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Let $x, y$ be a right and a left eigenvector corresponding to the same simple eigenvalue (algebraic multiplicity is $1$) of a matrix. Show that $x, y$ cannot be orthogonal.

In my opinion, if the eigenvalue with algebraic multiplicity is $1$, that means the power of $(A-\lambda I)$ must be $1$. Does it mean that the eigenvalues must be different? If the eigenvalues are different, then $x,y$ should be orthogonal. So, how to prove $x,y$ cannot be orthogonal?

Thanks a lot.

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the eigenvalue with algebraic multiplicity is 1, that means the power of $\boldsymbol{A}-\lambda\mathbf{I}$ must be 1

No. That means that the nullity of $\boldsymbol{A}-\lambda\mathbf{I}$ must be $1$, and consequently the index must also be $1$. In brief, $\mathrm{alg}(\lambda)=1$ means $\dim\ker(\boldsymbol{A}-\lambda\mathbf{I})^{n}=1$. For any eigenvalue, we have $\mathrm{geom}(\lambda)\geq1$, that is, $\dim\ker(\boldsymbol{A}-\lambda\mathbf{I})\geq1$. Together, all this implies $$\dim\ker(\boldsymbol{A}-\lambda\mathbf{I})^{n}=\dim\ker(\boldsymbol{A}-\lambda\mathbf{I})^{k}=\dim\ker(\boldsymbol{A}-\lambda\mathbf{I})=1,\quad \forall k\geq1.$$

The least $k$ for which $\ker\boldsymbol{M}^{k+1}=\ker\boldsymbol{M}^{k}$ is called the index of $\boldsymbol{M}$. Equivalent conditions are $\ker\boldsymbol{M}^{k}\oplus\mathrm{Im}\boldsymbol{M}^{k}$ or, by the rank-nullity theorem, $\mathrm{Im}\boldsymbol{M}^{k+1}=\mathrm{Im}\boldsymbol{M}^{k}$. This is something we will use later.

Now, back to the main question. We have $$\ker(\boldsymbol{A}-\lambda\mathbf{I})=\mathrm{span}\{\boldsymbol{x}\}, \quad \ker(\boldsymbol{A}-\lambda\mathbf{I})^{*}=\mathrm{span}\{\boldsymbol{y}\},\quad \boldsymbol{x},\boldsymbol{y}\neq\boldsymbol{0}.$$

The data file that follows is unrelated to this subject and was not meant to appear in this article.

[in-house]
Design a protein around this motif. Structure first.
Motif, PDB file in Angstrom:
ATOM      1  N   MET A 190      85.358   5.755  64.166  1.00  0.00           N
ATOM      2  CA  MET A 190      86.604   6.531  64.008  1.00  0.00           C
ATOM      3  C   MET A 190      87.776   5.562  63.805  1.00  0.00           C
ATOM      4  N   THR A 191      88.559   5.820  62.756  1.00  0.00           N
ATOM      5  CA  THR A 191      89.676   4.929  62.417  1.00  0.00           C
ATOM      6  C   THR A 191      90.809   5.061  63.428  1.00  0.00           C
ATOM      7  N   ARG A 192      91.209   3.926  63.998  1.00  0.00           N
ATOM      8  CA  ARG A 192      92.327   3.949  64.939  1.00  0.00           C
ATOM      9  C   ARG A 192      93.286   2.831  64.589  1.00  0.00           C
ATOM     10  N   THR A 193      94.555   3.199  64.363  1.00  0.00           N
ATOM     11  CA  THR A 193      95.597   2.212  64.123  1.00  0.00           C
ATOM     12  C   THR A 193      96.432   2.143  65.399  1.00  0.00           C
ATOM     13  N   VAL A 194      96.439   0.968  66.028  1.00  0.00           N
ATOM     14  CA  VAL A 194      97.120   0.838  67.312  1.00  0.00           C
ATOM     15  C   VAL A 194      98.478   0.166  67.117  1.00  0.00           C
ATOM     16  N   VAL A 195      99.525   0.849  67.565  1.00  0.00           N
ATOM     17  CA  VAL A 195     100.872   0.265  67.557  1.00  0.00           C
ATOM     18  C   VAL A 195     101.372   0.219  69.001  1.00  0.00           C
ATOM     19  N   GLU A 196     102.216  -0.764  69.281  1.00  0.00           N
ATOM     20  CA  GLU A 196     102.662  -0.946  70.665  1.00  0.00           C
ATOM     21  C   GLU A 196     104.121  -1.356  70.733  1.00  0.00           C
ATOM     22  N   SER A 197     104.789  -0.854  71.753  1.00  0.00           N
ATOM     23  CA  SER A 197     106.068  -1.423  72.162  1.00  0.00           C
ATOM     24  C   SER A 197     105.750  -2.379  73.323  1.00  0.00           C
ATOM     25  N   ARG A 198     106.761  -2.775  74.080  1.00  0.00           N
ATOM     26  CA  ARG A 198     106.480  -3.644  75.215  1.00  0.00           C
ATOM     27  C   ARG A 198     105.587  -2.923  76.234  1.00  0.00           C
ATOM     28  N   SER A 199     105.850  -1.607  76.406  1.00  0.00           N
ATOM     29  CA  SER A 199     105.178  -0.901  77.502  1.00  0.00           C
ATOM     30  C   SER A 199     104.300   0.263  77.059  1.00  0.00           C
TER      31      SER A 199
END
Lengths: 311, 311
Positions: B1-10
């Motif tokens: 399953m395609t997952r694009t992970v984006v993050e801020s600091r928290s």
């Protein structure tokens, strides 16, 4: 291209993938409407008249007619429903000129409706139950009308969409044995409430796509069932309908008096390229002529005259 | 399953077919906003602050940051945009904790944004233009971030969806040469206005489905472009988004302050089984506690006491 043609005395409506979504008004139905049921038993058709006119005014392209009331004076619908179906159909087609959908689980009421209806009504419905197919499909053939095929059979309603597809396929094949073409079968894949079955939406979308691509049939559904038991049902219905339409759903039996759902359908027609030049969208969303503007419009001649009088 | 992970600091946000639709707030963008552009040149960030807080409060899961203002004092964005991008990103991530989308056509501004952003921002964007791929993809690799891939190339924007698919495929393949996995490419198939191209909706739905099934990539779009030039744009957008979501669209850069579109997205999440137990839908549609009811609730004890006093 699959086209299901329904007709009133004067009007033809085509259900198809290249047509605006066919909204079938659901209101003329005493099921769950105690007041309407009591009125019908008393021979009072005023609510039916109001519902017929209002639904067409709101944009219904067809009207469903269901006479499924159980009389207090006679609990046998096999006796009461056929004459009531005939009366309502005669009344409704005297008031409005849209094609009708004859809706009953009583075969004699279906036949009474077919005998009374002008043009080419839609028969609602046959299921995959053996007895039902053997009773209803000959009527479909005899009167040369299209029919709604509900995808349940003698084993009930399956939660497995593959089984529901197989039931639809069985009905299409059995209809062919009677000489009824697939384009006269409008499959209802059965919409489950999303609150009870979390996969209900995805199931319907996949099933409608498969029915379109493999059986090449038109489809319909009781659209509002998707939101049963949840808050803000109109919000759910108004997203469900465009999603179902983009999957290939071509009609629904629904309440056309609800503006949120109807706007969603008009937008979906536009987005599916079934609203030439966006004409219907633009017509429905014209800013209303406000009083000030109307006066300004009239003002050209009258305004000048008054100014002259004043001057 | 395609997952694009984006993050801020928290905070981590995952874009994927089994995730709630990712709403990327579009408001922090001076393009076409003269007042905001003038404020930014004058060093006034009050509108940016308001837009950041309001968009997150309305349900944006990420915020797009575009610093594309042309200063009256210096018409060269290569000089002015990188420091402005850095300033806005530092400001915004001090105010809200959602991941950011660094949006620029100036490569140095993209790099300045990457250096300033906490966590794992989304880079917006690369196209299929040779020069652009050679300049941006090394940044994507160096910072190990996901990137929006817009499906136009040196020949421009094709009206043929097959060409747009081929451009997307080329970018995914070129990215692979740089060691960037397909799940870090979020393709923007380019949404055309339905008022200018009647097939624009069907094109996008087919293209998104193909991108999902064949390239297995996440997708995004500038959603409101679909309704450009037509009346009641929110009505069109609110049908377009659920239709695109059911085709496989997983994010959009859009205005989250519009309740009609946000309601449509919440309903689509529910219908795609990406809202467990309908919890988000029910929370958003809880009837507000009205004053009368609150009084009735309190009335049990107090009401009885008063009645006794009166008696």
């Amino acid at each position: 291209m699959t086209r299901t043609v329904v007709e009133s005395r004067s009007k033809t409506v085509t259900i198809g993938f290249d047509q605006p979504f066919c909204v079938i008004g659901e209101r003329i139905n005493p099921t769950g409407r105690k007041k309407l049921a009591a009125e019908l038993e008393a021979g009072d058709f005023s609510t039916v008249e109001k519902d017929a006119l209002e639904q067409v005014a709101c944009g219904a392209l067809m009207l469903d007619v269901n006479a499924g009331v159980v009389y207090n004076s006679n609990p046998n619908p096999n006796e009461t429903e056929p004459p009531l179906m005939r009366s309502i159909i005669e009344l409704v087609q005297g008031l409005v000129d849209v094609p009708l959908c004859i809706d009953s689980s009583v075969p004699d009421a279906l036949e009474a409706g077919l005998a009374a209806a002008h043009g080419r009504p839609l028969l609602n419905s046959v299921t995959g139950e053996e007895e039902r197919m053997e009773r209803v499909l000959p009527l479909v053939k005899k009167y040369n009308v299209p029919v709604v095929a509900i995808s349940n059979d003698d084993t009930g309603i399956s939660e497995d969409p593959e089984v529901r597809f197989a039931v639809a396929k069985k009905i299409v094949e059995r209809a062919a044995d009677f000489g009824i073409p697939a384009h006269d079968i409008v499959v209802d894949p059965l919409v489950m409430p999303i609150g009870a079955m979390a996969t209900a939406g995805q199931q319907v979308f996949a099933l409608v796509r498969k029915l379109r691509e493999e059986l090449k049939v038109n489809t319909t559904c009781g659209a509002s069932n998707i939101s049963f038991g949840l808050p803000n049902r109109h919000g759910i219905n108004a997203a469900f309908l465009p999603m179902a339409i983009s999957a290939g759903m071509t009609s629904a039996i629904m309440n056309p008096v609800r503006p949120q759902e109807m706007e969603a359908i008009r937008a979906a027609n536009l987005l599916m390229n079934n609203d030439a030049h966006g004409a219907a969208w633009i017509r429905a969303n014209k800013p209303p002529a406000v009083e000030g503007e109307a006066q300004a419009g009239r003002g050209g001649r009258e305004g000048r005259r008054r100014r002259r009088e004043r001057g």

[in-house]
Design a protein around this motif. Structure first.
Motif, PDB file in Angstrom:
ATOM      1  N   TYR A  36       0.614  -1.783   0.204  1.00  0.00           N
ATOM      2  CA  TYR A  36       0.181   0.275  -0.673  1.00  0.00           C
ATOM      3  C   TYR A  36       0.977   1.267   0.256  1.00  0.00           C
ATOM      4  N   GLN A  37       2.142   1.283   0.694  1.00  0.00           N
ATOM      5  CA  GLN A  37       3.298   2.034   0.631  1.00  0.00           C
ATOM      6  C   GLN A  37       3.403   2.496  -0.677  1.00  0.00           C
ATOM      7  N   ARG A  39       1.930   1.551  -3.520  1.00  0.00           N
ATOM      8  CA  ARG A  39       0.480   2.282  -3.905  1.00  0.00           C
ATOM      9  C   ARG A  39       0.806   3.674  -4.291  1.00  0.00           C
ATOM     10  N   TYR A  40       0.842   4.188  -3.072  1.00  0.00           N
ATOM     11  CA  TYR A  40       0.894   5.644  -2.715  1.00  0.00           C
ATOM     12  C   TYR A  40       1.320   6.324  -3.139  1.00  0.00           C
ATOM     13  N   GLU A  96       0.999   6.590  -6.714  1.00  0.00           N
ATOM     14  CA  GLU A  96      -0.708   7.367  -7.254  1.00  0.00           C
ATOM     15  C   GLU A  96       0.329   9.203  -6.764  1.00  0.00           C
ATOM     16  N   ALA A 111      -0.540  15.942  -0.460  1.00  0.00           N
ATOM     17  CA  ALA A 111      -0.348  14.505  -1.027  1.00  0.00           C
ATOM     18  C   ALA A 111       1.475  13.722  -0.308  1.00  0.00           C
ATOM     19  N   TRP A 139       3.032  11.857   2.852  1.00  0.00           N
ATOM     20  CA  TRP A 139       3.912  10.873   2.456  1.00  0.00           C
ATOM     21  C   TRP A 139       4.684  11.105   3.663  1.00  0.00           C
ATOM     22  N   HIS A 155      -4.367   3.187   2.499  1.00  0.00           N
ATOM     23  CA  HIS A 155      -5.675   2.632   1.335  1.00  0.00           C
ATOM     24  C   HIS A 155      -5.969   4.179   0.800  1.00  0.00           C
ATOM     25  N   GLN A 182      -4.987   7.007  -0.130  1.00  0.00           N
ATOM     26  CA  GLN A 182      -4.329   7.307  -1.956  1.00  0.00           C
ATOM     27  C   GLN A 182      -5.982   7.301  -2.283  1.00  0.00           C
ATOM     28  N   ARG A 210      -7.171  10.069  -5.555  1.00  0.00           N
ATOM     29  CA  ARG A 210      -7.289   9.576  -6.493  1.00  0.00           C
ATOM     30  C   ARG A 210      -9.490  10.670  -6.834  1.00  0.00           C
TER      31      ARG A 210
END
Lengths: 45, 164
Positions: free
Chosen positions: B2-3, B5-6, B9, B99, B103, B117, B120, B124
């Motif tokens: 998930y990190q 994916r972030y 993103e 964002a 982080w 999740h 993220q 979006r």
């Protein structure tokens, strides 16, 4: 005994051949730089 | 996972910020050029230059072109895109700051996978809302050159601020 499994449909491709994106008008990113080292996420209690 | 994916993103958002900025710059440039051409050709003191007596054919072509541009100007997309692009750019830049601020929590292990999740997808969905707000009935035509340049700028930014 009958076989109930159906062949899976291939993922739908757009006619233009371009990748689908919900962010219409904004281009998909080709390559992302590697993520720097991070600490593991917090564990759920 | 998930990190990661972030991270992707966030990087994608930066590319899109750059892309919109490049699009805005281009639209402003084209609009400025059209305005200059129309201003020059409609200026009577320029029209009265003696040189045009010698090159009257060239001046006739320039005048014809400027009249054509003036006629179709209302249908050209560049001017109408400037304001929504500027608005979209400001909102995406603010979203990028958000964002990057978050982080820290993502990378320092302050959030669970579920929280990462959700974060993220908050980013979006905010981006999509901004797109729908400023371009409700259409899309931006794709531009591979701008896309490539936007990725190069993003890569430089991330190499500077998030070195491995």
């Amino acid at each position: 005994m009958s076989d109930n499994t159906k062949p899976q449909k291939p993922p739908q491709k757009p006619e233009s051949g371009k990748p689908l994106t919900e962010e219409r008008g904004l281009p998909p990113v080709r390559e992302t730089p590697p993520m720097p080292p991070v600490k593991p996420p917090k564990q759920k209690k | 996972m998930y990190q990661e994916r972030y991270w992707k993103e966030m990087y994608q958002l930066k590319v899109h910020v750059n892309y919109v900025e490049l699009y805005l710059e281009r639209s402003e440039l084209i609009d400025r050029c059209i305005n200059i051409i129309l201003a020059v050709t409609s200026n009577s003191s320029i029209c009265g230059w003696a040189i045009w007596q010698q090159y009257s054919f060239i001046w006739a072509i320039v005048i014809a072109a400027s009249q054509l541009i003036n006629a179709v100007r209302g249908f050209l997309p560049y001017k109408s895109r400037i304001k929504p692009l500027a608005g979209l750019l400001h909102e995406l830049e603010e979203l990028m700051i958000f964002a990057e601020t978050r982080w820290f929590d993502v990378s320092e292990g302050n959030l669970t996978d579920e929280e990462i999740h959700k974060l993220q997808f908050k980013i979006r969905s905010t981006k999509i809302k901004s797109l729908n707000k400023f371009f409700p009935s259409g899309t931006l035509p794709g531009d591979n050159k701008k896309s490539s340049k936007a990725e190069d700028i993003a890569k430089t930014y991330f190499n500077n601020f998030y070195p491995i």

So, how to prove $\boldsymbol{x},\boldsymbol{y}$ cannot be orthogonal?

To show that $\boldsymbol{y}^{*}\boldsymbol{x}\neq0$, suppose the contrary, $\boldsymbol{y}^{*}\boldsymbol{x}=0$, which implies $$\boldsymbol{x}\in\mathrm{span}\{\boldsymbol{y}\}^{\perp}=\ker(\boldsymbol{A}-\lambda\mathbf{I})^{*\perp}=\mathrm{Im}(\boldsymbol{A}-\lambda\mathbf{I}).$$ The existence of $\boldsymbol{x}\neq\boldsymbol{0}$, such that $\boldsymbol{x}\in\mathrm{Im}(\boldsymbol{A}-\lambda\mathbf{I})\cap\ker(\boldsymbol{A}-\lambda\mathbf{I})$, requires that $\mathrm{Im}(\boldsymbol{A}-\lambda\mathbf{I})^{2}\subsetneq\mathrm{Im}(\boldsymbol{A}-\lambda\mathbf{I})$, which contradicts that the index of $\boldsymbol{A}-\lambda\mathbf{I}$ is $1$. Therefore, the only possibility is $\boldsymbol{y}^{*}\boldsymbol{x}\neq0$.

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